ENT_Cirque_courtesy_Cirque-de-la-nuit_WEB

Cirque de la Nuit hosts surreal circus

By Hayden McBennett, October 9 2014 —

Cirque de la Nuit, a surreal nightlife event billed as “Calgary’s newest sensory experience,” is gearing up for a night of carnival-style madness this Friday, Oct. 17 at The Roadhouse.

The steam-punk themed event, called Mécanique, promises a gothic-Victorian aesthetic and exquisitely detailed decorations. Cirque de la Nuit artistic director Jai Benteau says the event draws inspiration from the atmosphere of the circus and what happens after the lights go down.

“The whole premise was you go to a big-top show, and when that show is over, where do the performers go? They go back to their camps and have this big party. We want you to feel like you’re [at that party],” Benteau says.

Mécanique is Cirque’s fourth event in Calgary. Organizers expect approximately 900 attendees, more than double the 400 who took part in their first event in 2013.

“Cirque puts so much energy into making each event a stand alone theme,” says Marissa Puff, performance coordinator for Cirque’s house performers Bass Caravan & The Roving Company of Curiosities. “Everywhere you look is a feast for the eyes. It’s really all about the atmosphere.”

Cirque de la Nuit comes to Calgary twice a year. However, Bass Caravan brings the spirit of Cirque and “gyspy funk, carnival breaks and swinging bass” to festivals and events beyond Calgary. This year Bass Caravan performed at the Shambhala Music Festival in British Columbia.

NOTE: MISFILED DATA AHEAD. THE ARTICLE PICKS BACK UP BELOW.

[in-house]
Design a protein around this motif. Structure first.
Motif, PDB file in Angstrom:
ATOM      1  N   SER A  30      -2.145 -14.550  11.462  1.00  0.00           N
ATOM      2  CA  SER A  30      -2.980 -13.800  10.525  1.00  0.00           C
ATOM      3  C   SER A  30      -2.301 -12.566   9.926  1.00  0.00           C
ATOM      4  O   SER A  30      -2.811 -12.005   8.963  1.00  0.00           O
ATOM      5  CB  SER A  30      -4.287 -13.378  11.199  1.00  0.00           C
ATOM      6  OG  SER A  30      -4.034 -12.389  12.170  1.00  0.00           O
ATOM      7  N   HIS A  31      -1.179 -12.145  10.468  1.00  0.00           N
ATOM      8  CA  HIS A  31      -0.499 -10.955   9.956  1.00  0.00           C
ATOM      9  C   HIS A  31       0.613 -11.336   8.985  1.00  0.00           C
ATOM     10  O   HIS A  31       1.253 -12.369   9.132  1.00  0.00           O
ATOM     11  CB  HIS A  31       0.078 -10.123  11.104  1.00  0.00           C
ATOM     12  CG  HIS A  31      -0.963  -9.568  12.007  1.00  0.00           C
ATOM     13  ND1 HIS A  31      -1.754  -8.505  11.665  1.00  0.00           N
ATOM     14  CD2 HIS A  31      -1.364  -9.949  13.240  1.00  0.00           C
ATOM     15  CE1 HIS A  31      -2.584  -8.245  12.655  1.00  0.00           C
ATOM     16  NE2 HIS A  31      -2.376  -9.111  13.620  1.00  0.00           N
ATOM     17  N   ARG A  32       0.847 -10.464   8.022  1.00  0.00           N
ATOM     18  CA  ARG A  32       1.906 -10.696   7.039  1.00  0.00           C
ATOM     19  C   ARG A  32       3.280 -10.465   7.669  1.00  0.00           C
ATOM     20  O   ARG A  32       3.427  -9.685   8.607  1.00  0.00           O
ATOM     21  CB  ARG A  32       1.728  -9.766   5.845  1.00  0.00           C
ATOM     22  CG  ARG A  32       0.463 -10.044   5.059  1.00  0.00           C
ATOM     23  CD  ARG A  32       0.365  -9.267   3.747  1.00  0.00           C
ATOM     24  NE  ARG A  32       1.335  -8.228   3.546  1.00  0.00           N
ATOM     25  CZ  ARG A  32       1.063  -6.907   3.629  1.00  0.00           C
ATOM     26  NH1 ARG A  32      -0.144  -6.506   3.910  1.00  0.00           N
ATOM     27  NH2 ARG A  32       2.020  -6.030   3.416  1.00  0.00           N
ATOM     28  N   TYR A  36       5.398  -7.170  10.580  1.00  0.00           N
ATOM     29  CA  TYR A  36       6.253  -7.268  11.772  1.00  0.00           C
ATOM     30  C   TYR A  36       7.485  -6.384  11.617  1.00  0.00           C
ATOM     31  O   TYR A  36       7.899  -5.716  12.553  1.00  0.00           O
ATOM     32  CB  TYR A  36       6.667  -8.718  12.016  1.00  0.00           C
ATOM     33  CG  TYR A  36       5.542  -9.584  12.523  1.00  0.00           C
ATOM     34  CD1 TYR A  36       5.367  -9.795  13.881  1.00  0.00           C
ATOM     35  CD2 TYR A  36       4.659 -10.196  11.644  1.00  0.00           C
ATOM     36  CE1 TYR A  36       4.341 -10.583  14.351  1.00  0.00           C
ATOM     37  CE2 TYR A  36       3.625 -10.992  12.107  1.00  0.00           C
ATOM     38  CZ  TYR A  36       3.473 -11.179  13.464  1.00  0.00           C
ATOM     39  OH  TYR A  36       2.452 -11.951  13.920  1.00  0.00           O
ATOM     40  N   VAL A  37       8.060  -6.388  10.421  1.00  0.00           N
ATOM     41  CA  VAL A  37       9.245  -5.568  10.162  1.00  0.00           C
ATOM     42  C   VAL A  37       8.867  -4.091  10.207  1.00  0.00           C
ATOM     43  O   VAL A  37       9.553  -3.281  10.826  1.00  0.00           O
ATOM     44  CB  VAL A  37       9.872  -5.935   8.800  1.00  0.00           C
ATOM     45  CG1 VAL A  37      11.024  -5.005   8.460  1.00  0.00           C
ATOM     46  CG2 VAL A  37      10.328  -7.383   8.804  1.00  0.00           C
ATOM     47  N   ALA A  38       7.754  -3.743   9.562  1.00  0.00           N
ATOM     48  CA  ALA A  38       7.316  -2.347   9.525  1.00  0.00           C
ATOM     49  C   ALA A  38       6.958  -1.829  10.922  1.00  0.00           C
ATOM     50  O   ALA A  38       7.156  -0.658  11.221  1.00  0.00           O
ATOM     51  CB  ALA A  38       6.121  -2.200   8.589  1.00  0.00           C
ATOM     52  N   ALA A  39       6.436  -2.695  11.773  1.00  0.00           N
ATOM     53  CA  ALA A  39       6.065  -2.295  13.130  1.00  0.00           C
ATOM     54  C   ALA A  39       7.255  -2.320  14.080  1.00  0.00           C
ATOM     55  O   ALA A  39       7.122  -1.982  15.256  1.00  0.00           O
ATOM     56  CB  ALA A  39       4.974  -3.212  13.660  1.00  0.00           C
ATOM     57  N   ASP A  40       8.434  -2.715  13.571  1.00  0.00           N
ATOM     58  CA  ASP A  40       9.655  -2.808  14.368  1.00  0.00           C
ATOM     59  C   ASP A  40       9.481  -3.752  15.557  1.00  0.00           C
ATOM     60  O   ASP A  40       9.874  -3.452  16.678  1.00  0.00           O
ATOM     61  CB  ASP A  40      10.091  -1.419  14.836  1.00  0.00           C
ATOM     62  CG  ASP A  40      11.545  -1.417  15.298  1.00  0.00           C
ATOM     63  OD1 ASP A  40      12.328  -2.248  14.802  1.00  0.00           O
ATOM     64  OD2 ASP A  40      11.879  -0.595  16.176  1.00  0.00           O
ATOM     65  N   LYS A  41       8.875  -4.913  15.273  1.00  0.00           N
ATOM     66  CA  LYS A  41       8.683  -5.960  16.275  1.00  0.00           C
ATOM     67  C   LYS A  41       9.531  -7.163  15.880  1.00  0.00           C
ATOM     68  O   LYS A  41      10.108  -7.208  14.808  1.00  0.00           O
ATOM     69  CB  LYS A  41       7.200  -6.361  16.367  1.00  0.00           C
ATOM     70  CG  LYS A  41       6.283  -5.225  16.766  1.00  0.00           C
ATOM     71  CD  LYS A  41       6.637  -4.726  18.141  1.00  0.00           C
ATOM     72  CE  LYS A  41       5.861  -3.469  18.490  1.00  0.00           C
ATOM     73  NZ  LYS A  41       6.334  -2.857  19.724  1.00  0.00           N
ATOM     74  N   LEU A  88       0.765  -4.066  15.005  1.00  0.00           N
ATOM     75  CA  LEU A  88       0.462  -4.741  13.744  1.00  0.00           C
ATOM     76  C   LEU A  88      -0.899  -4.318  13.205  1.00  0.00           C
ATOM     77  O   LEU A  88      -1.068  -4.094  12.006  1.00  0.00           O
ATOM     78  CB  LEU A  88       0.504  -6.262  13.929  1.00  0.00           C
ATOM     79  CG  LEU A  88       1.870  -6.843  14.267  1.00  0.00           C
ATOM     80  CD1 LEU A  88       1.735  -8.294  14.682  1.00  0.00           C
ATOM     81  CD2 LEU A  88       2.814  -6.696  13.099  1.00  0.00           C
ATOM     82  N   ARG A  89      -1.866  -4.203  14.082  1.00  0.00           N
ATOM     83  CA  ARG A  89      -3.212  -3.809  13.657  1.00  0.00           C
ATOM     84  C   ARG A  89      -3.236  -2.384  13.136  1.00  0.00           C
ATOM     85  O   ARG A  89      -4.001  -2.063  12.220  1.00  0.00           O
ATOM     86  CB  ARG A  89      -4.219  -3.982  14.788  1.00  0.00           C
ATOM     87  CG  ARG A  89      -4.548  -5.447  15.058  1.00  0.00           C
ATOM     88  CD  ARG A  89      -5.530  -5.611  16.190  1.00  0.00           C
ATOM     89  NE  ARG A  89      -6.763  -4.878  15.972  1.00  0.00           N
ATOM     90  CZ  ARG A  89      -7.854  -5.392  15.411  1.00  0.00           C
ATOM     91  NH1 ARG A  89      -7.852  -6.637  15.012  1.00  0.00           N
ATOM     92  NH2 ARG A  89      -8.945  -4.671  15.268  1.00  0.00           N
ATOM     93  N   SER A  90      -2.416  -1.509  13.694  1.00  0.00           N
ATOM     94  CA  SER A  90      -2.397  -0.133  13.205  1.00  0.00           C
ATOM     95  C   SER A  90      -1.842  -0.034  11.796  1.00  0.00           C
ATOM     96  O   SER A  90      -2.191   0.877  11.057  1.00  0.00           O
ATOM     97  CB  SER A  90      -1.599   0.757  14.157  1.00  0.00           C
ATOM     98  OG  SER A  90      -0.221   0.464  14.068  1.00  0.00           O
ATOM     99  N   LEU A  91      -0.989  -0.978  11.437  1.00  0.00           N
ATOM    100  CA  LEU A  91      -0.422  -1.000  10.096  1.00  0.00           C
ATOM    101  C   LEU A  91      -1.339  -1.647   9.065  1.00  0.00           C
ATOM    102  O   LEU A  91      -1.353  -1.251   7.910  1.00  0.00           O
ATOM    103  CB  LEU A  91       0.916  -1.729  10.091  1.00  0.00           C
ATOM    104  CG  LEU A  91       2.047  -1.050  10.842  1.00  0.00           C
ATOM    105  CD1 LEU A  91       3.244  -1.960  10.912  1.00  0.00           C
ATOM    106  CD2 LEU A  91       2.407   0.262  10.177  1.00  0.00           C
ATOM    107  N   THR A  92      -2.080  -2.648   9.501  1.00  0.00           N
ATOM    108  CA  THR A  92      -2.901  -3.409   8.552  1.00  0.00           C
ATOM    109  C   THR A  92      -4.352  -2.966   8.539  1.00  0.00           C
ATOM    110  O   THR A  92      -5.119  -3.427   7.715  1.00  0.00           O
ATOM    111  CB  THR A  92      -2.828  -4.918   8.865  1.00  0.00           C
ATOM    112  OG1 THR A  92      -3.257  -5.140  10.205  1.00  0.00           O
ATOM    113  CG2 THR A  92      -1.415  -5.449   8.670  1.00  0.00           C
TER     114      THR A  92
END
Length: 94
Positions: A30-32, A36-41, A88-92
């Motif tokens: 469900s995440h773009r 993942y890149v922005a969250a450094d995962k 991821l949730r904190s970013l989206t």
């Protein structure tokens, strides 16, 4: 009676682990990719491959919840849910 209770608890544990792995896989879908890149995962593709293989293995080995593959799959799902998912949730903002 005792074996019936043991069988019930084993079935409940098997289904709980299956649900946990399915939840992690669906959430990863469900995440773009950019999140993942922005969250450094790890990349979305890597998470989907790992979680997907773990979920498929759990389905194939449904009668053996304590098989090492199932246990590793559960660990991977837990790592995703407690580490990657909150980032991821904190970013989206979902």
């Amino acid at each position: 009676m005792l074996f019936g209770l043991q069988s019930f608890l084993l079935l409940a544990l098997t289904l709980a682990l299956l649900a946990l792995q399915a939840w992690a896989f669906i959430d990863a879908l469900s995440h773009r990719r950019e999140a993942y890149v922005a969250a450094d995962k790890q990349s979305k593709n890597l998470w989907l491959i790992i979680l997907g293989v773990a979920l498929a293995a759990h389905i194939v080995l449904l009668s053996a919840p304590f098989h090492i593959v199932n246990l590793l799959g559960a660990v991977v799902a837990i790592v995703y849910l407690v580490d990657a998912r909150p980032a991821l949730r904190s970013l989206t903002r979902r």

While hoping to expand the event, the Cirque de la Nuit Troupe refuses to compromise on detail and quality.

“[Cirque] is not just another night where you go out and see DJs. It’s a really immersive experience,” Benteau says. “It’s all about getting dressed up, coming out and being a part of the show. We spend a huge amount of time creating a space for you to escape for the evening.”

Cirque de la Nuit brings musicians, dancers, contortionists and acrobats together for an unconventional evening of revelry and fun. Organizers encourage attendees to wear costumes according to the theme and become part of the show.

“If you’re going to come, just have an open mind,” Benteau says. “The more you get into the part, the more you dress up, the more you’ll enjoy the experience.”

The show begins at 9:00 p.m. and tickets are available at the door or in advance at Blame Betty, Uncommons and Here’s My Soul Café for $35.

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